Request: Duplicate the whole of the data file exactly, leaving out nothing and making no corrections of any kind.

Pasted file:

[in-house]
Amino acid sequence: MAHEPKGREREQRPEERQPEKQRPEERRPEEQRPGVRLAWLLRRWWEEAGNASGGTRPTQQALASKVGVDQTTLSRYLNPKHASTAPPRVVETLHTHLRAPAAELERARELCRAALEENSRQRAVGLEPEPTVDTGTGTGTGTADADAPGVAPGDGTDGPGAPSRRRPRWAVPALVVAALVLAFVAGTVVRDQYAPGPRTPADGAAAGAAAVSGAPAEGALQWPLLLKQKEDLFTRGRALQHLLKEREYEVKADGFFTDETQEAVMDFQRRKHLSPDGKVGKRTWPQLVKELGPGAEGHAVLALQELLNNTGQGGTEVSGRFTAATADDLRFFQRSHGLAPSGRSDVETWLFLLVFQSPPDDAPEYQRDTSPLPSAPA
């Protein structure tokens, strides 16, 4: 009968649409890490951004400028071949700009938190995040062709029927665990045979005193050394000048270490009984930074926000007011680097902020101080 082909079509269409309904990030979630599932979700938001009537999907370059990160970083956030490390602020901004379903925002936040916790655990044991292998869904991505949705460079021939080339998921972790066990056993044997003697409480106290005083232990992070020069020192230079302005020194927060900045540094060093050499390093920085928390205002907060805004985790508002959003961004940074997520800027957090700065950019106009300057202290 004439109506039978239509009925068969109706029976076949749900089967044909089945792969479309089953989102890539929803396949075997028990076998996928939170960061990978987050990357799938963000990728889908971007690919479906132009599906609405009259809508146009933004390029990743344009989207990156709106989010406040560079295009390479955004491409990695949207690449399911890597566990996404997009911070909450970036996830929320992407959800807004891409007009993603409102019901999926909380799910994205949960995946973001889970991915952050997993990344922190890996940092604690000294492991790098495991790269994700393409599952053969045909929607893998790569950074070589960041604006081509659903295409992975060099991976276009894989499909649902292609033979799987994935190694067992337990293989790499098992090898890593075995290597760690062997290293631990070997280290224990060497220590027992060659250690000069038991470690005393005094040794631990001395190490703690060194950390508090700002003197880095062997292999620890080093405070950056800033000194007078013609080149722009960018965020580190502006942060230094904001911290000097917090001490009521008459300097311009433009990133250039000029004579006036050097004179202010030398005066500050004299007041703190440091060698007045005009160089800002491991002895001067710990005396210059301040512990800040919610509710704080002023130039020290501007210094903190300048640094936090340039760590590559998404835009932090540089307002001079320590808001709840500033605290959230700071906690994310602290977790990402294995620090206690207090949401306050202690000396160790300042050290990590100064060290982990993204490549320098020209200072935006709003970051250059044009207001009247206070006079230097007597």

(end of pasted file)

[in-house]
Amino acid sequence: MAHEPKGREREQRPEERQPEKQRPEERRPEEQRPGVRLAWLLRRWWEEAGNASGGTRPTQQALASKVGVDQTTLSRYLNPKHASTAPPRVVETLHTHLRAPAAELERARELCRAALEENSRQRAVGLEPEPTVDTGTGTGTGTADADAPGVAPGDGTDGPGAPSRRRPRWAVPALVVAALVLAFVAGTVVRDQYAPGPRTPADGAAAGAAAVSGAPAEGALQWPLLLKQKEDLFTRGRALQHLLKEREYEVKADGFFTDETQEAVMDFQRRKHLSPDGKVGKRTWPQLVKELGPGAEGHAVLALQELLNNTGQGGTEVSGRFTAATADDLRFFQRSHGLAPSGRSDVETWLFLLVFQSPPDDAPEYQRDTSPLPSAPA
């Protein structure tokens, strides 16, 4: 009968649409890490951004400028071949700009938190995040062709029927665990045979005193050394000048270490009984930074926000007011680097902020101080 082909079509269409309904990030979630599932979700938001009537999907370059990160970083956030490390602020901004379903925002936040916790655990044991292998869904991505949705460079021939080339998921972790066990056993044997003697409480106290005083232990992070020069020192230079302005020194927060900045540094060093050499390093920085928390205002907060805004985790508002959003961004940074997520800027957090700065950019106009300057202290 004439109506039978239509009925068969109706029976076949749900089967044909089945792969479309089953989102890539929803396949075997028990076998996928939170960061990978987050990357799938963000990728889908971007690919479906132009599906609405009259809508146009933004390029990743344009989207990156709106989010406040560079295009390479955004491409990695949207690449399911890597566990996404997009911070909450970036996830929320992407959800807004891409007009993603409102019901999926909380799910994205949960995946973001889970991915952050997993990344922190890996940092604690000294492991790098495991790269994700393409599952053969045909929607893998790569950074070589960041604006081509659903295409992975060099991976276009894989499909649902292609033979799987994935190694067992337990293989790499098992090898890593075995290597760690062997290293631990070997280290224990060497220590027992060659250690000069038991470690005393005094040794631990001395190490703690060194950390508090700002003197880095062997292999620890080093405070950056800033000194007078013609080149722009960018965020580190502006942060230094904001911290000097917090001490009521008459300097311009433009990133250039000029004579006036050097004179202010030398005066500050004299007041703190440091060698007045005009160089800002491991002895001067710990005396210059301040512990800040919610509710704080002023130039020290501007210094903190300048640094936090340039760590590559998404835009932090540089307002001079320590808001709840500033605290959230700071906690994310602290977790990402294995620090206690207090949401306050202690000396160790300042050290990590100064060290982990993204490549320098020209200072935006709003970051250059044009207001009247206070006079230097007597």